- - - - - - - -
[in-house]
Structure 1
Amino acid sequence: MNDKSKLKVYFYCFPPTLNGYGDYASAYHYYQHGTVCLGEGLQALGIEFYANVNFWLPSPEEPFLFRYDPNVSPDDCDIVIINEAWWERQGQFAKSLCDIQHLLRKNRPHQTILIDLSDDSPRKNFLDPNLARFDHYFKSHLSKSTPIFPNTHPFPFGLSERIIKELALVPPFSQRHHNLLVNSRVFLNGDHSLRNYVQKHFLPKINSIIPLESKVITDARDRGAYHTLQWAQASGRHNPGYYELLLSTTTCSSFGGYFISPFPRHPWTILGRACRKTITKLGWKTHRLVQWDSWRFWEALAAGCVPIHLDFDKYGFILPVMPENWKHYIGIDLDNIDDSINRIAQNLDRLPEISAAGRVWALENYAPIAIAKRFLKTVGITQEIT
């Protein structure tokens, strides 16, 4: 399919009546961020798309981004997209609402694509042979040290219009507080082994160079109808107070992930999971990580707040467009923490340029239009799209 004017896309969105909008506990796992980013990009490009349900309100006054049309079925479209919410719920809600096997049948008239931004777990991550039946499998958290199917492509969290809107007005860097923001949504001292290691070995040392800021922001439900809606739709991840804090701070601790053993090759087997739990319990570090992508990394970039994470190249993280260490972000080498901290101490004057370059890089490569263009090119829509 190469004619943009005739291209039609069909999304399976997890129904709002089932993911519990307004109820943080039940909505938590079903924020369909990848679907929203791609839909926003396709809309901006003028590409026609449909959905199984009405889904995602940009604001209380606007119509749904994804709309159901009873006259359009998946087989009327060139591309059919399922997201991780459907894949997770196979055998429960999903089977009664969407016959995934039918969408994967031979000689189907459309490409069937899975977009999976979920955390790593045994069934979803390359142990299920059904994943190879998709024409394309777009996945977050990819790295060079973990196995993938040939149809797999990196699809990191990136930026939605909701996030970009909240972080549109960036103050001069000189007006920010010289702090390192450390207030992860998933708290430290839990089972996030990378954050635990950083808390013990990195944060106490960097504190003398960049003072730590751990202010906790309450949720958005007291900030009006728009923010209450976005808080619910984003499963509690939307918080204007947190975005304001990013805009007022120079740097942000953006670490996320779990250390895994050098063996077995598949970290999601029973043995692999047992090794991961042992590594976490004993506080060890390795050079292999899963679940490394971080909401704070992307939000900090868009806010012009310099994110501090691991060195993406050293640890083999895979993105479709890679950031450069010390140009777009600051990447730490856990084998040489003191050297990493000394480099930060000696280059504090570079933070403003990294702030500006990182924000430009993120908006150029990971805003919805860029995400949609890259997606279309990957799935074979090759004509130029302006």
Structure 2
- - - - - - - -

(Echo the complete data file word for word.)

[in-house]
Structure 1
Amino acid sequence: MNDKSKLKVYFYCFPPTLNGYGDYASAYHYYQHGTVCLGEGLQALGIEFYANVNFWLPSPEEPFLFRYDPNVSPDDCDIVIINEAWWERQGQFAKSLCDIQHLLRKNRPHQTILIDLSDDSPRKNFLDPNLARFDHYFKSHLSKSTPIFPNTHPFPFGLSERIIKELALVPPFSQRHHNLLVNSRVFLNGDHSLRNYVQKHFLPKINSIIPLESKVITDARDRGAYHTLQWAQASGRHNPGYYELLLSTTTCSSFGGYFISPFPRHPWTILGRACRKTITKLGWKTHRLVQWDSWRFWEALAAGCVPIHLDFDKYGFILPVMPENWKHYIGIDLDNIDDSINRIAQNLDRLPEISAAGRVWALENYAPIAIAKRFLKTVGITQEIT
């Protein structure tokens, strides 16, 4: 399919009546961020798309981004997209609402694509042979040290219009507080082994160079109808107070992930999971990580707040467009923490340029239009799209 004017896309969105909008506990796992980013990009490009349900309100006054049309079925479209919410719920809600096997049948008239931004777990991550039946499998958290199917492509969290809107007005860097923001949504001292290691070995040392800021922001439900809606739709991840804090701070601790053993090759087997739990319990570090992508990394970039994470190249993280260490972000080498901290101490004057370059890089490569263009090119829509 190469004619943009005739291209039609069909999304399976997890129904709002089932993911519990307004109820943080039940909505938590079903924020369909990848679907929203791609839909926003396709809309901006003028590409026609449909959905199984009405889904995602940009604001209380606007119509749904994804709309159901009873006259359009998946087989009327060139591309059919399922997201991780459907894949997770196979055998429960999903089977009664969407016959995934039918969408994967031979000689189907459309490409069937899975977009999976979920955390790593045994069934979803390359142990299920059904994943190879998709024409394309777009996945977050990819790295060079973990196995993938040939149809797999990196699809990191990136930026939605909701996030970009909240972080549109960036103050001069000189007006920010010289702090390192450390207030992860998933708290430290839990089972996030990378954050635990950083808390013990990195944060106490960097504190003398960049003072730590751990202010906790309450949720958005007291900030009006728009923010209450976005808080619910984003499963509690939307918080204007947190975005304001990013805009007022120079740097942000953006670490996320779990250390895994050098063996077995598949970290999601029973043995692999047992090794991961042992590594976490004993506080060890390795050079292999899963679940490394971080909401704070992307939000900090868009806010012009310099994110501090691991060195993406050293640890083999895979993105479709890679950031450069010390140009777009600051990447730490856990084998040489003191050297990493000394480099930060000696280059504090570079933070403003990294702030500006990182924000430009993120908006150029990971805003919805860029995400949609890259997606279309990957799935074979090759004509130029302006």
Structure 2